Castro decides to send troops to Angola to fight South Africa

Tuesday, 4 November 1975

The president of Cuba Fidel Castro decides to send Cuban troops to Angola in response to South Africa's invasion of the country. After attaining its independence, Angola provided support to liberation movements in Southern Africa such as the African National Congress (ANC), the Zimbabwe African People's Union (ZAPU) and the South West African People's Organization (SWAPO). When Angola's ruling party the Popular Movement for the Liberation of Angola (MPLA) allowed SWAPO to set bases in the country close to northern border with Namibia, South Africa countered by launching military operations against SWAPO and the MPLA. South Africa also sponsored UNITA as part of its strategy of destabilizing Angola.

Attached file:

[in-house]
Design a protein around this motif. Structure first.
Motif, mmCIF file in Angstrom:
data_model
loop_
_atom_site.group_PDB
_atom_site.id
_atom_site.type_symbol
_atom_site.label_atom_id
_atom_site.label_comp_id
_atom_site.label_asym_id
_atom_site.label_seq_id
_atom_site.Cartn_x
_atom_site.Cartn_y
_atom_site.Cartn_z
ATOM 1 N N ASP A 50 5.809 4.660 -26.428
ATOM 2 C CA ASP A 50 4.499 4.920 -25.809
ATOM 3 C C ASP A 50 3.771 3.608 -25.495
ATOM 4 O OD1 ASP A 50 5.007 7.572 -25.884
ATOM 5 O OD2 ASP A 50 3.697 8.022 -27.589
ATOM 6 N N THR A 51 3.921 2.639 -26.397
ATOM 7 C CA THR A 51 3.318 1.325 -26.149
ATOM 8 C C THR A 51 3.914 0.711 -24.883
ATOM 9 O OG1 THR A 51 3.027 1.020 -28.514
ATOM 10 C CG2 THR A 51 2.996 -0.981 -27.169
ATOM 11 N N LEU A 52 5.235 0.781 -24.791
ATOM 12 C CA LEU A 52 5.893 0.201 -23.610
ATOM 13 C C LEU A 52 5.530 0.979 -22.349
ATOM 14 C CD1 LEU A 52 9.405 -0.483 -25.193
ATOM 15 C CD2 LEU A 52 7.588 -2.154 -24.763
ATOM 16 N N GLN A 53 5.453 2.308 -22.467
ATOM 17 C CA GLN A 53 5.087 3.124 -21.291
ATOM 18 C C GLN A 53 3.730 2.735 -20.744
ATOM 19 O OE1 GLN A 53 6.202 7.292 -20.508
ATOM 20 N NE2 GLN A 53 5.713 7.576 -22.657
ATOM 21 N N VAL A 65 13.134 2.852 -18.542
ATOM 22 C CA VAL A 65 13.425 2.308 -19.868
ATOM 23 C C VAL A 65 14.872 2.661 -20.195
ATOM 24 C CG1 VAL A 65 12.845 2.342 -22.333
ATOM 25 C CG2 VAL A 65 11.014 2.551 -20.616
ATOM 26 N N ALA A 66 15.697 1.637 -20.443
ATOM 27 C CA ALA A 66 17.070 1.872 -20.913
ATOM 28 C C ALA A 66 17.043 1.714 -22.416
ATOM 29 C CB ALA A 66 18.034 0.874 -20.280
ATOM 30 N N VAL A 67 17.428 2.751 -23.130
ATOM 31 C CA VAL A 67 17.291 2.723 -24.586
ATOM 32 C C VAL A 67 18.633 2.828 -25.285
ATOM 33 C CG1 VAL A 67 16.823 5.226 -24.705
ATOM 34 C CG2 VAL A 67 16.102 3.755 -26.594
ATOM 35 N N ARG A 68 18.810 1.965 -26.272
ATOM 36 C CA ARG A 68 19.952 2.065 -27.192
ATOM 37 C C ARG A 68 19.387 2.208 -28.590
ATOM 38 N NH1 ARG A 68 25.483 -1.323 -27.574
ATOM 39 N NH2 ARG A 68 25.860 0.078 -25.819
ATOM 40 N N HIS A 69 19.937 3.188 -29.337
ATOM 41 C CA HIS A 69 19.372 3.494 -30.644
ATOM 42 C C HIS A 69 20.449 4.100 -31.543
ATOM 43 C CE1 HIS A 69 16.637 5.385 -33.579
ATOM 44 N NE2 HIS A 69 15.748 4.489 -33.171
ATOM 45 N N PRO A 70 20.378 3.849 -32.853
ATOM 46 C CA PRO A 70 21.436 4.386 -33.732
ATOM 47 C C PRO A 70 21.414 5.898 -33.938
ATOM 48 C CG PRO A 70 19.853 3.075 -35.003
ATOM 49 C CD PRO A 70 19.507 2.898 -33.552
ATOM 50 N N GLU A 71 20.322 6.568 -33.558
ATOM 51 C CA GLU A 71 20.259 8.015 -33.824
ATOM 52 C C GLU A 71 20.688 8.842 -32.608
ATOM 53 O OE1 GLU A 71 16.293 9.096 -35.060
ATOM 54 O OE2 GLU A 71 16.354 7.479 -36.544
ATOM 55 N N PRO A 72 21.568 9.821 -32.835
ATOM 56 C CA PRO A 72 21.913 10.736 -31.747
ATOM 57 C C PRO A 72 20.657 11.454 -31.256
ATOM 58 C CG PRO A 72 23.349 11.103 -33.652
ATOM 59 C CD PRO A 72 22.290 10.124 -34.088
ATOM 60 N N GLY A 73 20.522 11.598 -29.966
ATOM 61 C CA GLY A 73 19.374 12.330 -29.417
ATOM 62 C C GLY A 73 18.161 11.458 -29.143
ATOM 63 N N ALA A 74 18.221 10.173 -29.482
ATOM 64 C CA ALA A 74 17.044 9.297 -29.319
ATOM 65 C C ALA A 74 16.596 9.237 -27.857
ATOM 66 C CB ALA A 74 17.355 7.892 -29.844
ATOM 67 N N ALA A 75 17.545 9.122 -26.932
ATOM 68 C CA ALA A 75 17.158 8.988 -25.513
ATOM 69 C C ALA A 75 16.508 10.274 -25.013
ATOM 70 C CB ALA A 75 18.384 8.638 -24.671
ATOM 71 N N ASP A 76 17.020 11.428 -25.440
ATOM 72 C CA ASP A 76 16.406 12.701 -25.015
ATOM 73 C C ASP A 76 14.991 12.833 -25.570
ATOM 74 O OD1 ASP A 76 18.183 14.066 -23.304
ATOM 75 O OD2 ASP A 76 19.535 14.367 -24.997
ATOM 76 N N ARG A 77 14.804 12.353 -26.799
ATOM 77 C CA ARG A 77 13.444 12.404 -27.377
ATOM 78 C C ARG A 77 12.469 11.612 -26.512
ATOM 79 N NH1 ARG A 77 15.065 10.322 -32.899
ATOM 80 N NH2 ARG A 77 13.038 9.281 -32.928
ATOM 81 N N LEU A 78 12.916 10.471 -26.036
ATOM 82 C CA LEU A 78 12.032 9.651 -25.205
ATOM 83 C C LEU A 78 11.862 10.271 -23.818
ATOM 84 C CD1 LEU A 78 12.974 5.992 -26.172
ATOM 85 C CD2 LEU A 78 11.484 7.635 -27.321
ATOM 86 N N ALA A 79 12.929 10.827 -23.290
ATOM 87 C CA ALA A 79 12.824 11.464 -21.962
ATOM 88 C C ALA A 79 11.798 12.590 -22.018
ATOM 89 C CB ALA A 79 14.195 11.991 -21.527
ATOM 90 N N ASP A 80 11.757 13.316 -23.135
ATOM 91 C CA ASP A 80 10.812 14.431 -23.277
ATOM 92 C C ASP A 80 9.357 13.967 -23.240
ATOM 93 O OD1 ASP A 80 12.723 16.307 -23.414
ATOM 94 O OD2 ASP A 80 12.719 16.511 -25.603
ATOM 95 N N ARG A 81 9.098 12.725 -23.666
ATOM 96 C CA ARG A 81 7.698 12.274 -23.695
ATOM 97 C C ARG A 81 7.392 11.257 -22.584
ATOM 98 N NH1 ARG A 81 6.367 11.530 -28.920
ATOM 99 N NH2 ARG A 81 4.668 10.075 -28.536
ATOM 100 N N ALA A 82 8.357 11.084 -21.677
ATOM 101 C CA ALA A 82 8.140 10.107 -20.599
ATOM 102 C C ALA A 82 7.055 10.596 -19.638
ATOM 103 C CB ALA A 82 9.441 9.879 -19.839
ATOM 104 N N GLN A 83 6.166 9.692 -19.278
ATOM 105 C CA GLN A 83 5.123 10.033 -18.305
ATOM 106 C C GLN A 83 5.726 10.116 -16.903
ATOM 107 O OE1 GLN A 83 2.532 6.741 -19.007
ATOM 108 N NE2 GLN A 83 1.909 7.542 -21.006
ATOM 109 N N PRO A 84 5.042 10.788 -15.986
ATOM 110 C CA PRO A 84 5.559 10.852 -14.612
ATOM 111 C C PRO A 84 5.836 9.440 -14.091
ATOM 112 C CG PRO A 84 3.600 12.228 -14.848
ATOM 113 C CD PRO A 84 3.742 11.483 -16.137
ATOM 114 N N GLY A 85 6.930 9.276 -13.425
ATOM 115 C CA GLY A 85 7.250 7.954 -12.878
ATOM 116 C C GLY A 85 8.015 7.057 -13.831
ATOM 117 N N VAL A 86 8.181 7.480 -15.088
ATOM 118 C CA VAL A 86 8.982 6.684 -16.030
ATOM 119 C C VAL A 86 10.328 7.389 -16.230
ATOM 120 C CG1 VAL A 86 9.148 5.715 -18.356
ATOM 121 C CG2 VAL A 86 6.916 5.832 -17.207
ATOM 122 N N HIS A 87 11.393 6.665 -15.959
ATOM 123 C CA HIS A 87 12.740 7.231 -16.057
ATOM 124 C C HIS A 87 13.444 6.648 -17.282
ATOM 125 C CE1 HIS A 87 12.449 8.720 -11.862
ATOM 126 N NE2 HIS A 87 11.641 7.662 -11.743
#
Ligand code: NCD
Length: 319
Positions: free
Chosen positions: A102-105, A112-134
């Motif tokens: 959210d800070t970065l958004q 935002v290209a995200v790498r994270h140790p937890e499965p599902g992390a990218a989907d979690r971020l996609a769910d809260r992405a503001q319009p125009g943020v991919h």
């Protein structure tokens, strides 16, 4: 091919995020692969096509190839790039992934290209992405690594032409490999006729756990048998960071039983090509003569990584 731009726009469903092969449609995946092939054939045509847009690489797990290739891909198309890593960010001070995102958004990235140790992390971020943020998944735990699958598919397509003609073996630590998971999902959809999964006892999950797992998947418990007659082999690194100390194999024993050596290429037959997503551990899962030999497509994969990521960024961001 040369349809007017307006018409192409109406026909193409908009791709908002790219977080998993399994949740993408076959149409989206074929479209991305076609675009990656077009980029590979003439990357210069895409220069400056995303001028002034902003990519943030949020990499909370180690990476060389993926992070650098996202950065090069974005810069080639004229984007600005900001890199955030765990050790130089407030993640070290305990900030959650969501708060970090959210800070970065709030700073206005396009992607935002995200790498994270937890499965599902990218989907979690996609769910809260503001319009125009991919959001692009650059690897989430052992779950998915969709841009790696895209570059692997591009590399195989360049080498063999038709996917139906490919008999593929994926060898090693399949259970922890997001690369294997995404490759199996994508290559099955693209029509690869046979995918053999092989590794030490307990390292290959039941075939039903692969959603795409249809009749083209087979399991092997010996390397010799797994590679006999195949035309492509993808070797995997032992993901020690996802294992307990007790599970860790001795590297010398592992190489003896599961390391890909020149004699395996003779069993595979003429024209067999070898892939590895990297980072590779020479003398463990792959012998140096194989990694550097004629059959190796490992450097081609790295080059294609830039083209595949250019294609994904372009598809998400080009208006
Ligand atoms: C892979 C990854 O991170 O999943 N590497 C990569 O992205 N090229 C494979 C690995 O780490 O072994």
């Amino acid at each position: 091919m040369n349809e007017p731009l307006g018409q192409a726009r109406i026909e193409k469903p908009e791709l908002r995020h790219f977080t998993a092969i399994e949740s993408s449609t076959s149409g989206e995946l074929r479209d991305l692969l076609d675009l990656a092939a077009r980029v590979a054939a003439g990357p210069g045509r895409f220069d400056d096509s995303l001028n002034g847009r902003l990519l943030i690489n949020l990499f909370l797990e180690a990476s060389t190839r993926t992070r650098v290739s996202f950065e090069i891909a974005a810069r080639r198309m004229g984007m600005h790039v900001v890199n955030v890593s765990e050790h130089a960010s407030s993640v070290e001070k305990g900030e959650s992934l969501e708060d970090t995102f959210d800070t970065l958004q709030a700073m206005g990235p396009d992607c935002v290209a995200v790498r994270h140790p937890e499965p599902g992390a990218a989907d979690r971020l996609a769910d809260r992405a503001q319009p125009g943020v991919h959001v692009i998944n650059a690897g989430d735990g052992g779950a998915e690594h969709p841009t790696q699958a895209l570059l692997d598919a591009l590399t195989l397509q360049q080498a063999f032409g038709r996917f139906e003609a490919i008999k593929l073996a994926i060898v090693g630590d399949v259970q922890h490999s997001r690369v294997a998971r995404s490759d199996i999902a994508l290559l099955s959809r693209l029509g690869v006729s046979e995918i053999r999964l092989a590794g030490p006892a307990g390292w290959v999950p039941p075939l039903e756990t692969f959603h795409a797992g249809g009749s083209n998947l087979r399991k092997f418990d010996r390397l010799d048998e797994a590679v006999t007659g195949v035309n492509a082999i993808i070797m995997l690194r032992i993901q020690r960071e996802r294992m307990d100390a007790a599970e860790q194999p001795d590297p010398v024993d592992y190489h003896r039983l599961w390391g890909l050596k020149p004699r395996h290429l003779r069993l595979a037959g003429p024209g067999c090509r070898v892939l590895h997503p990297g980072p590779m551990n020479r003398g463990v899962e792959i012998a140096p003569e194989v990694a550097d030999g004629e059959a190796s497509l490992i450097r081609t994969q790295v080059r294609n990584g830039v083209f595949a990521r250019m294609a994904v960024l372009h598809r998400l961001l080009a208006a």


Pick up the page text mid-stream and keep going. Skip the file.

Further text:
In response to the invasion of Angola by South Africa, Cuba deployed an estimated 36 000 troops to Angola to support the MPLA in 1975. By 1979 there was an estimated 60 000 South African troops in Angola with additional support coming from the United States. Cuban military support for the MPLA continued into the 1980s. In 1988 South Africa, Cuba and Angola agreed to withdraw foreign troops from Angola and grant Namibia independence.

References

  1. Anon, Conflicting Missions, Secret Cuban Documents on History of African Involvement,  from the National Security Archive George Washington University, [online], Available at www.gwu.edu [Accessed 26 November 2010]
  2. Piero  Gleigeses, (2002), Conflicting Missions: Havana, Washington, and Africa, 1959-1976 (University of North Carolina Press)
  3. Peter N. Stearns, (2001, 6th Ed), The Encyclopedia of World History, (New York), pp.1071.
  4. Edward George, (2005), The Cuban Intervention in Angola 1965-1991, From Che Guevara to Cuito Cuanavale, (New York)

Last updated : 01-Nov-2016

This article was produced by South African History Online on 16-Mar-2011

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